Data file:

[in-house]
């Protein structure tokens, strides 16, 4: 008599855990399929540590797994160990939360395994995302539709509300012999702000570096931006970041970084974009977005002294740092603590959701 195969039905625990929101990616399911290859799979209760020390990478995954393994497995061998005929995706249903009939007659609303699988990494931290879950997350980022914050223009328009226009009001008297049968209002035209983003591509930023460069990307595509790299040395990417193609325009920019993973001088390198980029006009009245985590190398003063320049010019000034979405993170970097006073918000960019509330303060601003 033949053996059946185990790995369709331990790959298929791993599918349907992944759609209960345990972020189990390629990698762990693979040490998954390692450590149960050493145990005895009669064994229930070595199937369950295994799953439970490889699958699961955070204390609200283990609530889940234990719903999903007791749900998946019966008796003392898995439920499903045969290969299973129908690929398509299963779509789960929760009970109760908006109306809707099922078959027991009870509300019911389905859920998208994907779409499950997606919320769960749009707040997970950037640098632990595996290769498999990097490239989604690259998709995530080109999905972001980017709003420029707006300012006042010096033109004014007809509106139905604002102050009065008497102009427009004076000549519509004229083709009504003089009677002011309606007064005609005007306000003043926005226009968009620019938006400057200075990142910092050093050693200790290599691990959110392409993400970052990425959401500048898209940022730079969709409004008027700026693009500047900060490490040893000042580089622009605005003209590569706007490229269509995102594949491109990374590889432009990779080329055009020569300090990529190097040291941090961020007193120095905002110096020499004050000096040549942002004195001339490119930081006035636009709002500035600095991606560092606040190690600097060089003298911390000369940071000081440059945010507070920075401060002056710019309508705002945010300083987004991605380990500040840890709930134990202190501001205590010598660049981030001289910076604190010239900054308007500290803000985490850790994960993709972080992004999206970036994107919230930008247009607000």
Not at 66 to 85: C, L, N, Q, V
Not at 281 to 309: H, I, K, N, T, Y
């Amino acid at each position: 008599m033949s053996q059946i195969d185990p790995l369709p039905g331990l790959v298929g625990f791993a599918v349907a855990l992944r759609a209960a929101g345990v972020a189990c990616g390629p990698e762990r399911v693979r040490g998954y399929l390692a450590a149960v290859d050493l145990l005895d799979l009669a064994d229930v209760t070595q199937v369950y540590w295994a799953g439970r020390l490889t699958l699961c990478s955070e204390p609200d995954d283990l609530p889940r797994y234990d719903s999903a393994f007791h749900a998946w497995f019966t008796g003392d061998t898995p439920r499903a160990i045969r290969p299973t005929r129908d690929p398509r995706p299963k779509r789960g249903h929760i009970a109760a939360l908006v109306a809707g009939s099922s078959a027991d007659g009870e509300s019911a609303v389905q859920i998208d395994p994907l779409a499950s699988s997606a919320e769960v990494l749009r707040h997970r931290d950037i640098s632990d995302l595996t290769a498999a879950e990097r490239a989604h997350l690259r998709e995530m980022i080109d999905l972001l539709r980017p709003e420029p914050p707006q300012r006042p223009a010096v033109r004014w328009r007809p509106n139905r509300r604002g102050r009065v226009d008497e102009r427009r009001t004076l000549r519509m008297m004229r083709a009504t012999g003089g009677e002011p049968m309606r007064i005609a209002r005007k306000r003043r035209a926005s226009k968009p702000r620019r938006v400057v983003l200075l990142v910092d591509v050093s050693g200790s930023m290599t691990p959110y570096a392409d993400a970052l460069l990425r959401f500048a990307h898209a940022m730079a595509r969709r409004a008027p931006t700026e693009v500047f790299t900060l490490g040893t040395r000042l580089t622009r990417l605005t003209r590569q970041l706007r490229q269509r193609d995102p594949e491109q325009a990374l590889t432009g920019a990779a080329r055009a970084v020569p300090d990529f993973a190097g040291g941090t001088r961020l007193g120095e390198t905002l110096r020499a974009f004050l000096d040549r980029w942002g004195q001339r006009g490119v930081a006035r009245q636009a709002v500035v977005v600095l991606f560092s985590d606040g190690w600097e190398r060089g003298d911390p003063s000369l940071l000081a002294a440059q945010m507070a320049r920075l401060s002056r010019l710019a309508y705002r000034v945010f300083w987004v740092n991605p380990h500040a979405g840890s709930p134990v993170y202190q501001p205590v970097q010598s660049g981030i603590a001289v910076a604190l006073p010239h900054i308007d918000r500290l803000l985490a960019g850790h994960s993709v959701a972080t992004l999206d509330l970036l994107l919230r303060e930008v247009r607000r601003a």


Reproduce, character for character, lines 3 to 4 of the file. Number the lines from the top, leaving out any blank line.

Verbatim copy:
Not at 66 to 85: C, L, N, Q, V
Not at 281 to 309: H, I, K, N, T, Y